A few years ago, when I first started dissecting my detectors (figuratively speaking) to determine how and why they work in an attempt to take more control and get better results Civil War relic hunting, I struggled to understand how sensitivity affected depth. Finally, I found an article on a forum on sensitivity that made a lot of sense. It included an analogy that sounded practical, and that I quickly accepted. Something like:
“Sensitivity levels on your detector are like fog lights. At the perfect level, you can “see through” the fog. Too high sensitivity and the fog is illuminated and you can’t see through it. Too low and you don’t have enough power to see through it.”
I’ve seen this analogy repeated everywhere in different forms for the last few years. So I detected at the recommended sensitivity levels, either automatic, or otherwise, with no problems.
When I started hunting heavily hunted Civil War sites, I realized quickly that in order to be successful, I was going to have to learn some new detecting techniques, and continually max out the capabilities of the machines I used. So I started working in a very complex test garden to completely “rebuild my swing”.
Up until that point, I had believed that the detector was actually “finding” stuff. I was just digging. I was following my detector around like a puppy hoping it would “give me a good signal”, make a “cha-ching” noise, and instruct me to dig. And if it didn’t with enough regularity, like most detectorists out there, I thought I needed a new machine that would, preferably the latest, most expensive thing.
I can remember the moment when I “got it”. The moment that freed my mind from my machine, and changed everything for me. Working in the test garden, I quickly realized that I could get more depth by cranking up the sensitivity to the highest level that the machine would remain stable. And I could change frequencies or channels to crank the sensitivity up even more.
The rub was that target identification suffered tremendously, and most really deep targets that I couldn’t detect with my standard or automatic sensitivity just kind of defaulted to nail-like signals. Deep silver dimes. Crazy deep Civil War bullets, etc. I found this was pretty much the norm across all of my machines. I could detect it, but it didn’t matter because it was discriminated out as iron. So what good was detecting a target, if the detector couldn’t tell what it was, and discriminated it out like a nail?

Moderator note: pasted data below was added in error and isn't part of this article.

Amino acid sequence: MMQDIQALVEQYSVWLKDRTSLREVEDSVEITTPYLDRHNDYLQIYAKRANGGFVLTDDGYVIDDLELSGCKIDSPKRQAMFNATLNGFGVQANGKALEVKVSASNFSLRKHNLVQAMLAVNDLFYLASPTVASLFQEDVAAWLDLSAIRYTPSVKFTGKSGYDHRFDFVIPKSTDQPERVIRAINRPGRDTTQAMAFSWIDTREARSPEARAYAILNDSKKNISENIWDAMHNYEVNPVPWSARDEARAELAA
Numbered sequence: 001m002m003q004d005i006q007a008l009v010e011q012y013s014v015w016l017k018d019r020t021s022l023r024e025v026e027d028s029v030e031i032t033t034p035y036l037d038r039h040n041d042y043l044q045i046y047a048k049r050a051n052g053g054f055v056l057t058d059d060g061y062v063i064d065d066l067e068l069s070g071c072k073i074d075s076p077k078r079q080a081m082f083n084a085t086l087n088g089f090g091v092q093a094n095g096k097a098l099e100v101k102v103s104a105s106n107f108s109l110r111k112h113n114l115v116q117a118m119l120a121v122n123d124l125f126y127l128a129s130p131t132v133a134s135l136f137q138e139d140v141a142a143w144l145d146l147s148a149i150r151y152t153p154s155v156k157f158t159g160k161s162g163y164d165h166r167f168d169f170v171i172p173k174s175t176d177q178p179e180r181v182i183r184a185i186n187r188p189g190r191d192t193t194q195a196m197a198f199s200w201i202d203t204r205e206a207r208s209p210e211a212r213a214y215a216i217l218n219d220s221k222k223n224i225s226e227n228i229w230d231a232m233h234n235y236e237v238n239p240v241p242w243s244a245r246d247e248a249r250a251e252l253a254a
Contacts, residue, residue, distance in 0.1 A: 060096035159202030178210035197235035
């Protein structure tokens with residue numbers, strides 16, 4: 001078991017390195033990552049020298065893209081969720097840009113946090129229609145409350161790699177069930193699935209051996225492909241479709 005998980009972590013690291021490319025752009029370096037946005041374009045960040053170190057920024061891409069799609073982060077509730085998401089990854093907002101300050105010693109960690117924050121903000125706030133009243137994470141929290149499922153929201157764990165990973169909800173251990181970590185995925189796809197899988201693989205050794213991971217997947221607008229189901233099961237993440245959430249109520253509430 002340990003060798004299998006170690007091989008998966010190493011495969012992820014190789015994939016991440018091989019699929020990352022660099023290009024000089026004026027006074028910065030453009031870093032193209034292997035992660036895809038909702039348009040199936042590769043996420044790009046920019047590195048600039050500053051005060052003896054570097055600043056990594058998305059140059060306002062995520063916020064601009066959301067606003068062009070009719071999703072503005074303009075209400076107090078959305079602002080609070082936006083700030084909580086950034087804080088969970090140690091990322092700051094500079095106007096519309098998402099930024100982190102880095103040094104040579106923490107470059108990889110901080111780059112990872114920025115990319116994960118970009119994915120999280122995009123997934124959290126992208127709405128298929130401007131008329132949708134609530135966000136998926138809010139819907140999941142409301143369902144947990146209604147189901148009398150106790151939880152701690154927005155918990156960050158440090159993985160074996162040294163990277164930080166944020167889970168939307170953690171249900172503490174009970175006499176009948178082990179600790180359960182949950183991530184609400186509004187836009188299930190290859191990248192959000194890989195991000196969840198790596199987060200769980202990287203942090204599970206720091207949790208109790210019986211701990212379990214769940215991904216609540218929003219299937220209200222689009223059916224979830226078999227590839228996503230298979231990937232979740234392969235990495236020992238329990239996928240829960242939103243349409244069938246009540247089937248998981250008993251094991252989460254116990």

This is when I dropped discrimination to hear and see those deep keeper signals. I’m in my test garden. I’ve got a silver dime at like 18 inches, and I can hear it. It is showing a “12” on the F75 and the depth meter is showing deep. I’ve got a deep nail about two feet away from it for comparative purposes.
With a little work, I developed a technique. I’d isolate the dime, and do a little 2 or 3 inch “wrist wiggle” swing over it. And the number would start to jump up or around. 12-12-12- 22-48-12-12-12.
So I took this knowledge out into the field and started digging some crazy deep good stuff. But I was also digging a lot of falsing deep nails. So I worked in the test garden again to reduce the number of falsing nails I dug. Hitting the deep targets at multiple angles helped tremendously. If it sounds like a nail initially, but is deep, I’d do my wrist wiggle, and if it jumped around, I’d turn 90 degrees and try again. If it didn’t jump around, it was probably a falsing nail. Not always – as they say, the best discriminator is your shovel.
And then I worked with my headphones to train my ears over time to recognize “thumps” and “scratches” and other auditory clues. Over time, with more work on Ground Balance and detector specific settings, I was able to keep my sensitivity cranked up so I could reach the “unreachable”, but dropped my falsing nails down to next to none. The only time I dig falsing nails now is when the site is so hunted out I suspect I’ve got a deep nail, but dig anyway because so few targets remain. And very often I am surprised with a great find, as targets that are on the extreme outer range of my detectors range sometimes do not give me enough clues to distinguish good from bad.
So my epiphany was this: The fog lights analogy is built on the idea that the detector makes your dig decisions for you, and discriminates out everything else to save you the noise. Optimal sensitivity levels are critical for this process, because if you crank your sensitivity up too high, you lose target ID capability, and then your detector just sounds unstable, like random noise, and good items may be inadvertently discriminated out because they do not read correctly.
But without discrimination, it is a whole different ballgame. I make my own dig decisions, and just use the auditory and visual cues provided by the detector as information to base my decisions on. And that coupled with a few other techniques is, in a nutshell, how I’m winning hunted hunted out sites, hitting site after site that once produced a ton of relics, but has been hunted hundreds of times and pull lots of good stuff out of it by simply making my own dig decisions instead of letting my detector do it for me.
In the past, the old fog lights paradigm worked fine, and is still fine for beginning and intermediate detectorists, but in 2016 and beyond we are hunting more and more “hunted out” sites. The technology gets better, and does help get deeper and work better in iron and trash with discrimination and lower sensitivity levels. I take advantage of such, but regardless of the technology, I can always get much deeper using the techniques above.
Keep in mind hunting in heavy iron is a completely different animal. I’m talking about hunting good sites where few or no targets remain using traditional settings and methods.
Adapted from Pixabay